During the spring semester 2015 I have taken part in a mentoring process where the 2nd year LET students have acted as mentors and we 1st year students have been the mentees. This is what is commonly called peer mentoring or simply peer tutoring, which typically focuses on a more experienced or advanced student(s) helping less experienced student(s). In peer mentoring the more experienced student helps a less experienced student to improve overall academic performance while at the same time the process supports mentors’ personal growth, and provides advice, support, and knowledge to the mentee (Colvin and Ashman, 2010).
I discussed my experiences of informal mentoring in work life in my post “Mentoring as a form of developing your expertise”. In that post I reflecting my experiences of when I was a young and inexperienced project manager at the start of my career, and received some valuable advice and help from the more experienced colleagues. Taking part this spring in a formal mentoring process, in which other students act as mentors, was an interesting and also a surprising experience. Compared to informal mentoring, in formal mentoring I felt that I’m responsible for fulfilling my role as a mentee in actively participating in the process. Also, the process itself was more reciprocal in that not only the mentees were the “receiving” party in it. In the peer mentoring process the student mentors and student mentees were equal in sharing thoughts, experiences and knowledge from different domains and thus contributing to our understanding and knowledge about what it means to be an expert in learning and educational technology.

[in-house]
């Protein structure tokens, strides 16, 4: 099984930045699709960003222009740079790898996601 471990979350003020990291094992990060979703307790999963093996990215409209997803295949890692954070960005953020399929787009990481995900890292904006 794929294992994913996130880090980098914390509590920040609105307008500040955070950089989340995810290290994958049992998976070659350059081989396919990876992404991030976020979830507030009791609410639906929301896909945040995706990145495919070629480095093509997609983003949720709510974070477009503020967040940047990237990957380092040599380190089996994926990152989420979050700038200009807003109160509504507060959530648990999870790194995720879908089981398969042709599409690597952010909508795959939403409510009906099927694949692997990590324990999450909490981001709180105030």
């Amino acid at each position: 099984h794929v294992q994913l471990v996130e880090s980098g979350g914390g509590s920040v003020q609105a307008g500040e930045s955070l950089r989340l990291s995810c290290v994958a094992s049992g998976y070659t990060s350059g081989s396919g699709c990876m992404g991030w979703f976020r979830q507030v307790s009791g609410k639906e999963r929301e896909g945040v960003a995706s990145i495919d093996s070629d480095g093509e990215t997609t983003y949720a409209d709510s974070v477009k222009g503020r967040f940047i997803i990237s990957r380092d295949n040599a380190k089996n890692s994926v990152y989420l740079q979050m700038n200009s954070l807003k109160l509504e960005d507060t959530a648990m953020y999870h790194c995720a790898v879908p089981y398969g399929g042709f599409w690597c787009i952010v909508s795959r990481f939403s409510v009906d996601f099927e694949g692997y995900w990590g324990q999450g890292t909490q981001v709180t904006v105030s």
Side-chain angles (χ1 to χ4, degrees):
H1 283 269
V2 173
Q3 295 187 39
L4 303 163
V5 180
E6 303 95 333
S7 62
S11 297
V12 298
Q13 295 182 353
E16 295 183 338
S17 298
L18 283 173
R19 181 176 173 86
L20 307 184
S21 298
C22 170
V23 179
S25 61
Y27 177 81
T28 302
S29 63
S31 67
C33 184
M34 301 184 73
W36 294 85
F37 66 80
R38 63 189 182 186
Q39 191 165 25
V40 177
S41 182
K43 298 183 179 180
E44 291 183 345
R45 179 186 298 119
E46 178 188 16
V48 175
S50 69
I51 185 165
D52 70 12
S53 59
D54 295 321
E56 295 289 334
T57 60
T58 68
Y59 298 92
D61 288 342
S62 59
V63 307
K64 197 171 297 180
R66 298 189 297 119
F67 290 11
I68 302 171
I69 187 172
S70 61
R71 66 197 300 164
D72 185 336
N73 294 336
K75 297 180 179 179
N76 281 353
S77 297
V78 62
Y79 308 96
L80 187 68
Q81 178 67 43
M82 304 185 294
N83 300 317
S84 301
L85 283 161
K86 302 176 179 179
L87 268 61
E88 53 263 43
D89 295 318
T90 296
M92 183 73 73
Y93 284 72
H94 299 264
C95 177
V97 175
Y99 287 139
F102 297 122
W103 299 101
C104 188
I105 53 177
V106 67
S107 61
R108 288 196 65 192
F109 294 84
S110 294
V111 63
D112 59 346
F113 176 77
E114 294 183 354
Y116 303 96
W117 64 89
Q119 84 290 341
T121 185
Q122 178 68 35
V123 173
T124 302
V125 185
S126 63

Our mentoring process started in the beginning of the year when we in the first two meetings got to know each other better, discussed the mentoring process, and thought of issues we would like to address during the process. In our group of three mentors and four mentees it was decided that the whole group would meet regularly. But in addition to that we also formed smaller sub-groups of one mentor and 1-2 mentees to ensure that a more close and personal relations would be formed between the mentor and mentee.
In the joint meetings of the big group we had presentation of the educational systems of our home countries. It was very interesting to hear about the educational systems, and realize how different they actually are. I started to appreciate the Finnish educational system all the more as it provides equal and many opportunities to all (compared to many other countries) which we Finns take more or less for granted.
In the smaller sub-group I had Pavi as my mentor, and Hany was the other mentee. Over a cup of coffee we have been discussing our thesis processes, our LET studies, experiences, expectations and goals, as well as emotions towards these. The discussion have provided valuable new perspectives on these issues, and help taking the next steps into attaining expertise.
Peer mentoring roles, risks and benefits
According to a study about roles, risks, and benefits of peer mentoring relationships in higher education, Colvin and Ashman (2010) found that there are five specific roles of mentors: connecting link, peer leader, learning coach, student advocate, and trusted friend. A connecting link is a student that helps other students inside and outside of class to get involved with their campus and education. Mentors as peer leaders show leadership qualities in motivating and guiding their mentees. A learning coach helps students identify learning strengths and styles and achieve their potential. In the role of learning coach, peer mentors teach students important academic as well as life skills. The student advocate role is related to the peer mentor being a helper, mostly in being a liaison between the student and the instructors and helping the students with their academic and personal needs.